Four months after their star center’s positive COVID-19 test precipitated the shutdown of the NBA and rest of the sports world, the Utah Jazz returned to action on Thursday with a 106-104 win over the New Orleans Pelicans.
Entering the second half down by 12 points and the fourth quarter down 9, the Jazz rallied with an 11-1 run midway through the final frame to take the lead. A close game eventually came down to a pass from Jazz star Donovan Mitchell to Rudy Gobert, who drew a foul and sank two free throws to give Utah the final lead. That has to be encouraging sign given that the two players reportedly weren’t on speaking terms for weeks during the hiatus.
The game ended on the next possession with a missed jumper by Pelicans forward Brandon Ingram.
Jordan Clarkson led the Jazz with 23 points off the bench, though each of the team’s starters reached double digits in scoring. Gobert hauled in 12 rebounds along with 14 points and three blocks, while Mitchell posted 20 points and five assists.
The win improves the Jazz’s record to 42-23, just one game behind the Denver Nuggets for third place in the West.
The Pelicans had looked in control for much of the game thanks to strong play from Ingram, Jrue Holiday and JJ Redick, but sputtered offensively with 9 misses in 11 shots in the game’s final seven minutes. A certain player on their bench might have been able to help with that.
Why didn’t the Pelicans play Zion more?
As the Jazz mounted their comeback, the Pelicans made the perplexing decision of not playing their star rookie Zion Williamson in the final seven minutes of the game.
Williamson had exited the NBA bubble and recently completed a required four-game quarantine, which led to a minutes limit. He ended up playing only 15 minutes in the game, in which he scored 13 points on 6-of-8 shooting.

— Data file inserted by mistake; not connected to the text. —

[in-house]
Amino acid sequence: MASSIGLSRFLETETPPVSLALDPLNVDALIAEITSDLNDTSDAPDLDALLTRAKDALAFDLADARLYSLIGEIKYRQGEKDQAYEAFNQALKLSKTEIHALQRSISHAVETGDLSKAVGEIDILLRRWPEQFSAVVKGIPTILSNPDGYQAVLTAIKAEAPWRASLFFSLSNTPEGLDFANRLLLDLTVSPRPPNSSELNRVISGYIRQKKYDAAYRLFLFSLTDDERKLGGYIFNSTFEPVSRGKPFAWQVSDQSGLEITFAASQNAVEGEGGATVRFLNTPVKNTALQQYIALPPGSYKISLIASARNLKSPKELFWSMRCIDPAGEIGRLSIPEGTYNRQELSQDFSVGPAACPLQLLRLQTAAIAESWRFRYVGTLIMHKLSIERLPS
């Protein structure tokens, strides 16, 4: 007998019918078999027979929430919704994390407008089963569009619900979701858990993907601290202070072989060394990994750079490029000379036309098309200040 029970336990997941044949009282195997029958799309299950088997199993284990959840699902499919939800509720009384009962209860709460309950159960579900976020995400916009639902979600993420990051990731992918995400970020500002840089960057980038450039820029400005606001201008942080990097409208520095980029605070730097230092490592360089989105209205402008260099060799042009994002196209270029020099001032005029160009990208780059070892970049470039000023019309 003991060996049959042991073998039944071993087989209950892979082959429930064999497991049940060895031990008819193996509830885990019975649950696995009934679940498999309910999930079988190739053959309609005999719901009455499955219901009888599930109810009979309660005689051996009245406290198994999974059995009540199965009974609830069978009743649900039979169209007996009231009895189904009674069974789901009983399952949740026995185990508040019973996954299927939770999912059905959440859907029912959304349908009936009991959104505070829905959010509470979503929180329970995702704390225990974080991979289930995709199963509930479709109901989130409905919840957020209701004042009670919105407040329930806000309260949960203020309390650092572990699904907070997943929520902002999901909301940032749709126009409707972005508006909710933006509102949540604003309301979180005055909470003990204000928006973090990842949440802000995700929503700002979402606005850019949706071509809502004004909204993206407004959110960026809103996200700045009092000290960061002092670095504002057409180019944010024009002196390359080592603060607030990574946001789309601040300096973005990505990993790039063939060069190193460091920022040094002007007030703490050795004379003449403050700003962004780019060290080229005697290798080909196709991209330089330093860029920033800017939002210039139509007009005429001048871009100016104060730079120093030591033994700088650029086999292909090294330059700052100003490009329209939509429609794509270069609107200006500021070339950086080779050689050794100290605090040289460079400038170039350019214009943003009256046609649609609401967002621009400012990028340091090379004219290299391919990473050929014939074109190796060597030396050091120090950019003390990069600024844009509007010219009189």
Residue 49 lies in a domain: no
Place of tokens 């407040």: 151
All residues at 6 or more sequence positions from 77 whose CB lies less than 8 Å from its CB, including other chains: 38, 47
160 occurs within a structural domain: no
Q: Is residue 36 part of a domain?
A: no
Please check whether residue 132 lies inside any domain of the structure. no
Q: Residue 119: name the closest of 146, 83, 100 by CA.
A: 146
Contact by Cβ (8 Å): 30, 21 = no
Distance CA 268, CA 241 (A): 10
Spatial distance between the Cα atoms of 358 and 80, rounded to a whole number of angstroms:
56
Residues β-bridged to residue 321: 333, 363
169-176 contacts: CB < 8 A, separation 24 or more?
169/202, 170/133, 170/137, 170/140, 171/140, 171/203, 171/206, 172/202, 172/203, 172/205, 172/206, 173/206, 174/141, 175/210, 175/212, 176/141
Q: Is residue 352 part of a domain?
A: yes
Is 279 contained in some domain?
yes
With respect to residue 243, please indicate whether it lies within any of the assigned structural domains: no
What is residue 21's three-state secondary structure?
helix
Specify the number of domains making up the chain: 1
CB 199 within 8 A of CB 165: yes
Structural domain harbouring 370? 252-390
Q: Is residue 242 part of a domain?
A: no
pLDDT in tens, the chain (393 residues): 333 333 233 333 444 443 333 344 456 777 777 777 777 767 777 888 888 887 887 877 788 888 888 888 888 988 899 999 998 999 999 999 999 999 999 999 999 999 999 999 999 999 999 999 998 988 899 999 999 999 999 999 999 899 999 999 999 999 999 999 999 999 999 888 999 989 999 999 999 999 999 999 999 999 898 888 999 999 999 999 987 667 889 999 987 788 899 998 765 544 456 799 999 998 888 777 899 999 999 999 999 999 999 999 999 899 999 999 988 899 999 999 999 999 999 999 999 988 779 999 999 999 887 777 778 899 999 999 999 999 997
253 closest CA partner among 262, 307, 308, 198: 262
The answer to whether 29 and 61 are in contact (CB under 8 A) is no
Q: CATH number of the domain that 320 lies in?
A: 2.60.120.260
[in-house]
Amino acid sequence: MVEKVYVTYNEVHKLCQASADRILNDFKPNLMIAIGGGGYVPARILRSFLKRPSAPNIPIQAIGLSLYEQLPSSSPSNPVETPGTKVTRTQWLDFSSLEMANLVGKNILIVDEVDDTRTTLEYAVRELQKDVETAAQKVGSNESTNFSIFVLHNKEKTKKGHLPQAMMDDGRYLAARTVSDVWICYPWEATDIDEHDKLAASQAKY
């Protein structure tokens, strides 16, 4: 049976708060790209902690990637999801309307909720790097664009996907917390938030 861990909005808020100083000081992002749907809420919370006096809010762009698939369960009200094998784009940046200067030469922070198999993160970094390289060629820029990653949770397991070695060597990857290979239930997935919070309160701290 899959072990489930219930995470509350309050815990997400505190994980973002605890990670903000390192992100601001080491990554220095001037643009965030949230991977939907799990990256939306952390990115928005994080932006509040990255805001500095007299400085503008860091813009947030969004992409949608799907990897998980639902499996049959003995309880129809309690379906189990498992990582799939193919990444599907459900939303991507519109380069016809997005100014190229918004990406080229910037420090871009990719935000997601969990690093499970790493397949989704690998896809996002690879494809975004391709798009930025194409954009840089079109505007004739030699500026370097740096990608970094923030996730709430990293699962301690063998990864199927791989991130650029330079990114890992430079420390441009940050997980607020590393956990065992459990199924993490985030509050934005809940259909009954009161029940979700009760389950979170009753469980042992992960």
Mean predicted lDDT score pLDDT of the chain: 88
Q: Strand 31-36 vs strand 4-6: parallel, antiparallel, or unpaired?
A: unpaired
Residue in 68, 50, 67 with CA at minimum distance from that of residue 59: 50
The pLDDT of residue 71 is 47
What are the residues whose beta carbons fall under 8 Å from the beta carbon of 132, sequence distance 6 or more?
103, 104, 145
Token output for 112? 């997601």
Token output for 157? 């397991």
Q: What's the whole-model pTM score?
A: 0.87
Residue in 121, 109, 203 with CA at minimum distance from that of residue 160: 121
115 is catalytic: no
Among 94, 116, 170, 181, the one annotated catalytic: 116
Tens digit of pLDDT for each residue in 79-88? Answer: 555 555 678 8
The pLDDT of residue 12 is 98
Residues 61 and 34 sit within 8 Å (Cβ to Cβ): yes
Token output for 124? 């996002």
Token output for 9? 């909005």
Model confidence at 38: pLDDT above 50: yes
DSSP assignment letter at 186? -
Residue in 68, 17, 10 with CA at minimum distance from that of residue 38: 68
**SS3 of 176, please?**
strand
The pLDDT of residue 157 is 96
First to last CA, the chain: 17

Whatever happened with Williamson’s minutes, the Pelicans refusing to play their biggest star, who was seemingly healthy, in a nail-biter was an odd sight. Especially with the Pelicans playing nothing but must-win games as they sprint for the Western Conference’s final playoff spot.
When asked about Williamson after the game, Pelicans head coach Alvin Gentry stuck to the script and pointed to the team’s medical staff:
Pelicans, Jazz players joined in kneeling for anthem
Before Gobert brought the NBA reboot full circle by scoring the league’s first official points in Disney World, every player, coach and official on the court knelt in protest of racial injustice during the national anthem, performed by Stay Human’s Jon Batiste.
NBA players have been open in their outrage over the killings of George Floyd, Breonna Taylor and so many others, and maintaining their voice against injustice and police brutality was a requirement for them to go along with the NBA’s bubble plan.
NBA commissioner Adam Silver said after the anthem that the rule requiring players to stand during the song would not be enforced.
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